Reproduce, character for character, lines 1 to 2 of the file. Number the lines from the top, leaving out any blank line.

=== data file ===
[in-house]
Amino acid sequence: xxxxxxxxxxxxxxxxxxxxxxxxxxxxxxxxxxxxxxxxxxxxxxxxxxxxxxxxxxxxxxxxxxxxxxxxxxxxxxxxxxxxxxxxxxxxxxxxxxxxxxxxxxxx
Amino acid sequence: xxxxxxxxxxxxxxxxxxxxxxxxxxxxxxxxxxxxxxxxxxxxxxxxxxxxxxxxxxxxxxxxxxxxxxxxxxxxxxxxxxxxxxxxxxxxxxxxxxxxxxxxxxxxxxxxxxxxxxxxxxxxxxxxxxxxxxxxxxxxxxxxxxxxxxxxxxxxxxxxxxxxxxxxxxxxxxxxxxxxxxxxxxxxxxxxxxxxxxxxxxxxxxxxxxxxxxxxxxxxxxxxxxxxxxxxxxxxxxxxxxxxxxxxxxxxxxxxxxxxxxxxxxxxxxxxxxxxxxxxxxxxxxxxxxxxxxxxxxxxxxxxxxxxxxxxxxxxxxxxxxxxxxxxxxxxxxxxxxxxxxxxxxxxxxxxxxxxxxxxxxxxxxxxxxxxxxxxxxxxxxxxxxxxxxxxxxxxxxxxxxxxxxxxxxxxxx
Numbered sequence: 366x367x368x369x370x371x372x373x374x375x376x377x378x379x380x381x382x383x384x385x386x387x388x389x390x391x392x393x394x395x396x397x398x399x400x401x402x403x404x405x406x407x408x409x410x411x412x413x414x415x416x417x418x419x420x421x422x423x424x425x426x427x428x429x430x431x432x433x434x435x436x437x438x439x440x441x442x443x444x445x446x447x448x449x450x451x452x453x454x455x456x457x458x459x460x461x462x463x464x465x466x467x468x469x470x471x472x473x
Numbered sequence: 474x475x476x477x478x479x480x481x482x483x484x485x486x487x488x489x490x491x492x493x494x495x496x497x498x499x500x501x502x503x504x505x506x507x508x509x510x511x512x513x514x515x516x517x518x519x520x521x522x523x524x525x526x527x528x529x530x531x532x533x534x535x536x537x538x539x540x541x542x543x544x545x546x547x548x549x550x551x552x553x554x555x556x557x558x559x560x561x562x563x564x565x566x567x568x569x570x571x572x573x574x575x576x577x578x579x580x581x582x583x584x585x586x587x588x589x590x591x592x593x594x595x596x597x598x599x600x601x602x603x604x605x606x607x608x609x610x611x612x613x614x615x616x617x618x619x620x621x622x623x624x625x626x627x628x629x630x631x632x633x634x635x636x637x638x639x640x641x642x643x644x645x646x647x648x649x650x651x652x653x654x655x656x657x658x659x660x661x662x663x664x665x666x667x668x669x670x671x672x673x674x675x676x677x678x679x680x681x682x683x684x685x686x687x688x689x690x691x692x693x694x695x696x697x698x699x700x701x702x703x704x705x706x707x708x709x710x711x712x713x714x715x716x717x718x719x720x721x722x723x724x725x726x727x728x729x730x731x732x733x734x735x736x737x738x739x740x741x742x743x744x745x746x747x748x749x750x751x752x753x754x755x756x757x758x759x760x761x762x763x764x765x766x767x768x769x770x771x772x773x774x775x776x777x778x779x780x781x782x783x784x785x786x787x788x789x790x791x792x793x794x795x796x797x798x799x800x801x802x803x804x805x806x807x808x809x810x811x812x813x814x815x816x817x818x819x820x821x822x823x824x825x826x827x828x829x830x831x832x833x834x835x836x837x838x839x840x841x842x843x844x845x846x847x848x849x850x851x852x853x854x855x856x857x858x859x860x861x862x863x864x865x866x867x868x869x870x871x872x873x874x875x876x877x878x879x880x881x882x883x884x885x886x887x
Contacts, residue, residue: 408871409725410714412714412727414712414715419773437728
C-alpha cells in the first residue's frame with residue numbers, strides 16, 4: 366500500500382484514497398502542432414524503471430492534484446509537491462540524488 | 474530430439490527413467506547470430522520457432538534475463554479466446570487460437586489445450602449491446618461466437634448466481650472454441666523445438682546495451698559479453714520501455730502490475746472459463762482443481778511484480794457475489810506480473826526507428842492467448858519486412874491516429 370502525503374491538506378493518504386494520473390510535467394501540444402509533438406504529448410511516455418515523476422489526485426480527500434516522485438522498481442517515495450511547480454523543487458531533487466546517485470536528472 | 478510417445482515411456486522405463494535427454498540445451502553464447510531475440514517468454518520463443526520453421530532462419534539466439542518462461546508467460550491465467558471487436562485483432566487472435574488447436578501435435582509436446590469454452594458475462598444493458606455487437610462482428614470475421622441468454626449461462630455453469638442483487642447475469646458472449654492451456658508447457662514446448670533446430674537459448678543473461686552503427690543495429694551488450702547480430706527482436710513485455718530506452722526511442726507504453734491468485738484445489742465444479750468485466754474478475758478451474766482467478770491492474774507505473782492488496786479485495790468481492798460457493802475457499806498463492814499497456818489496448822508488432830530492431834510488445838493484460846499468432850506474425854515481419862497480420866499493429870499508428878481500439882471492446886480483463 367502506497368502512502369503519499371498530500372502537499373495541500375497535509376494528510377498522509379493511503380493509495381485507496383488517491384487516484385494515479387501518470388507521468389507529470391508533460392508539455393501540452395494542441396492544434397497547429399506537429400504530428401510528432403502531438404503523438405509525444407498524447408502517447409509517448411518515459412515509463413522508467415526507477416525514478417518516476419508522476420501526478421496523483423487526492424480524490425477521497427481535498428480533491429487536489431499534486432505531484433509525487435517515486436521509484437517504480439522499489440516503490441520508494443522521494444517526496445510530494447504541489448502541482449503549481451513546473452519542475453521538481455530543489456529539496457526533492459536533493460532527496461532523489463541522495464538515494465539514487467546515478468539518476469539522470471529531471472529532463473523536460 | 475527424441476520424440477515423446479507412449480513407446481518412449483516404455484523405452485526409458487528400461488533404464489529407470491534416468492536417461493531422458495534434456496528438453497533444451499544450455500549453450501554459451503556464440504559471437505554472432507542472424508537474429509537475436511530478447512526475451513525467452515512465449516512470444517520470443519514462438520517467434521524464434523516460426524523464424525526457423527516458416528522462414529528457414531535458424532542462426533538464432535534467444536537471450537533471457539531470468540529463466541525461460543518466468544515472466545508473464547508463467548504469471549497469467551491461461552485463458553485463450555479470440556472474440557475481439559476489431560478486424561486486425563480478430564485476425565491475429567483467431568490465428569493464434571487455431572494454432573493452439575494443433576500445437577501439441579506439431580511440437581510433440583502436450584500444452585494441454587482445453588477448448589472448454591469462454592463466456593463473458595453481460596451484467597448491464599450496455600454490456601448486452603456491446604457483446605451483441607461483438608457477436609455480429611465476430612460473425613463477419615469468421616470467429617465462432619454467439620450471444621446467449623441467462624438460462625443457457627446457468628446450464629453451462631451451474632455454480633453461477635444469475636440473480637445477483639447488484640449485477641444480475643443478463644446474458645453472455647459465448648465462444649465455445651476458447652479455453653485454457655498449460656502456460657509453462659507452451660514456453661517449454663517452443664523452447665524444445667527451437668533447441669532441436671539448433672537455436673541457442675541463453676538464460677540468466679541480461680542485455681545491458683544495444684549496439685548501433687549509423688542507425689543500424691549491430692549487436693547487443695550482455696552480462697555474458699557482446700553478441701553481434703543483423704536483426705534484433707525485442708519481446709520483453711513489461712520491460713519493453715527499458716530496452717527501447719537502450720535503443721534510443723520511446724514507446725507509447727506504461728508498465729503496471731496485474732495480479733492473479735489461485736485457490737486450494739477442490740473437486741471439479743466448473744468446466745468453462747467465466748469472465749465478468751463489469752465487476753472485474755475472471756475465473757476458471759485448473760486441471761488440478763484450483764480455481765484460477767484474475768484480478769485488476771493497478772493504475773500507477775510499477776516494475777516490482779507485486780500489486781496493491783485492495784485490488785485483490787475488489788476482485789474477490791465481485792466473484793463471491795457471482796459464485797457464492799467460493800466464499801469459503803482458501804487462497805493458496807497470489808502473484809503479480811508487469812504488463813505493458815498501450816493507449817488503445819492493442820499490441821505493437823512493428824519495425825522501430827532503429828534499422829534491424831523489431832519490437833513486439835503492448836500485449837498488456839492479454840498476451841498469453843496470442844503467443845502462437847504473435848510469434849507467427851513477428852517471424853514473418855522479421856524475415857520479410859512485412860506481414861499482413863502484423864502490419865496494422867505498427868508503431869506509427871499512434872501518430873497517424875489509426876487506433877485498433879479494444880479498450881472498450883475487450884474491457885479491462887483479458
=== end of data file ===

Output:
[in-house]
Amino acid sequence: xxxxxxxxxxxxxxxxxxxxxxxxxxxxxxxxxxxxxxxxxxxxxxxxxxxxxxxxxxxxxxxxxxxxxxxxxxxxxxxxxxxxxxxxxxxxxxxxxxxxxxxxxxxx